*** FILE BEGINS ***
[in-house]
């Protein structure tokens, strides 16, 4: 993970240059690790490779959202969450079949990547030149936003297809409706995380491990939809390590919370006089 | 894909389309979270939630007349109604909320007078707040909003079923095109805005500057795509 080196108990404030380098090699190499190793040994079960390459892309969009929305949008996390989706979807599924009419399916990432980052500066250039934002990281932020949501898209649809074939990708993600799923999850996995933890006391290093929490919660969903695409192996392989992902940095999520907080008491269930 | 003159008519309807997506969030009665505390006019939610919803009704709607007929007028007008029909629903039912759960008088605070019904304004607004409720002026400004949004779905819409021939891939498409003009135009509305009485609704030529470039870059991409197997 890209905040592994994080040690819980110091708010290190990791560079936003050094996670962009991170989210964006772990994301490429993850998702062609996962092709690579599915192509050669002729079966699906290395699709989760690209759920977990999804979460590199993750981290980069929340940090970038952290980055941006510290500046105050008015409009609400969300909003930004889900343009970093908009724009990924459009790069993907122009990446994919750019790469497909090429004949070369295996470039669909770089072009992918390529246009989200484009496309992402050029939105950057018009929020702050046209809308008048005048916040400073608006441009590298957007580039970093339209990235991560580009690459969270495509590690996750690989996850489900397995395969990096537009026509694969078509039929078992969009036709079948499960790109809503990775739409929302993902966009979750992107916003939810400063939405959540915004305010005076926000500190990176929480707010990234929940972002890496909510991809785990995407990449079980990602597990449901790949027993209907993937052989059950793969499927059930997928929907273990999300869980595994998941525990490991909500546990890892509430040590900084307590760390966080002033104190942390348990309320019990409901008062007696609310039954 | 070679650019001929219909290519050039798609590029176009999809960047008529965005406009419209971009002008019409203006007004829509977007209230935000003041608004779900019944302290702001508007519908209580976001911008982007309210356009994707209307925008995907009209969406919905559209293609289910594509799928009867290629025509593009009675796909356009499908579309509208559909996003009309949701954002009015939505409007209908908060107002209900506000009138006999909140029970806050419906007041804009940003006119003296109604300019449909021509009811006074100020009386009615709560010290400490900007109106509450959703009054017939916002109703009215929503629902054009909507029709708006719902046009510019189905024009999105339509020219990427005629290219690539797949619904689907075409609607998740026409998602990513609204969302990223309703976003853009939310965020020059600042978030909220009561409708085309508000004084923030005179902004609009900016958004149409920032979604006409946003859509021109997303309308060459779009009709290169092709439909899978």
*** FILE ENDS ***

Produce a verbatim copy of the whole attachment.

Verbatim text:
[in-house]
């Protein structure tokens, strides 16, 4: 993970240059690790490779959202969450079949990547030149936003297809409706995380491990939809390590919370006089 | 894909389309979270939630007349109604909320007078707040909003079923095109805005500057795509 080196108990404030380098090699190499190793040994079960390459892309969009929305949008996390989706979807599924009419399916990432980052500066250039934002990281932020949501898209649809074939990708993600799923999850996995933890006391290093929490919660969903695409192996392989992902940095999520907080008491269930 | 003159008519309807997506969030009665505390006019939610919803009704709607007929007028007008029909629903039912759960008088605070019904304004607004409720002026400004949004779905819409021939891939498409003009135009509305009485609704030529470039870059991409197997 890209905040592994994080040690819980110091708010290190990791560079936003050094996670962009991170989210964006772990994301490429993850998702062609996962092709690579599915192509050669002729079966699906290395699709989760690209759920977990999804979460590199993750981290980069929340940090970038952290980055941006510290500046105050008015409009609400969300909003930004889900343009970093908009724009990924459009790069993907122009990446994919750019790469497909090429004949070369295996470039669909770089072009992918390529246009989200484009496309992402050029939105950057018009929020702050046209809308008048005048916040400073608006441009590298957007580039970093339209990235991560580009690459969270495509590690996750690989996850489900397995395969990096537009026509694969078509039929078992969009036709079948499960790109809503990775739409929302993902966009979750992107916003939810400063939405959540915004305010005076926000500190990176929480707010990234929940972002890496909510991809785990995407990449079980990602597990449901790949027993209907993937052989059950793969499927059930997928929907273990999300869980595994998941525990490991909500546990890892509430040590900084307590760390966080002033104190942390348990309320019990409901008062007696609310039954 | 070679650019001929219909290519050039798609590029176009999809960047008529965005406009419209971009002008019409203006007004829509977007209230935000003041608004779900019944302290702001508007519908209580976001911008982007309210356009994707209307925008995907009209969406919905559209293609289910594509799928009867290629025509593009009675796909356009499908579309509208559909996003009309949701954002009015939505409007209908908060107002209900506000009138006999909140029970806050419906007041804009940003006119003296109604300019449909021509009811006074100020009386009615709560010290400490900007109106509450959703009054017939916002109703009215929503629902054009909507029709708006719902046009510019189905024009999105339509020219990427005629290219690539797949619904689907075409609607998740026409998602990513609204969302990223309703976003853009939310965020020059600042978030909220009561409708085309508000004084923030005179902004609009900016958004149409920032979604006409946003859509021109997303309308060459779009009709290169092709439909899978």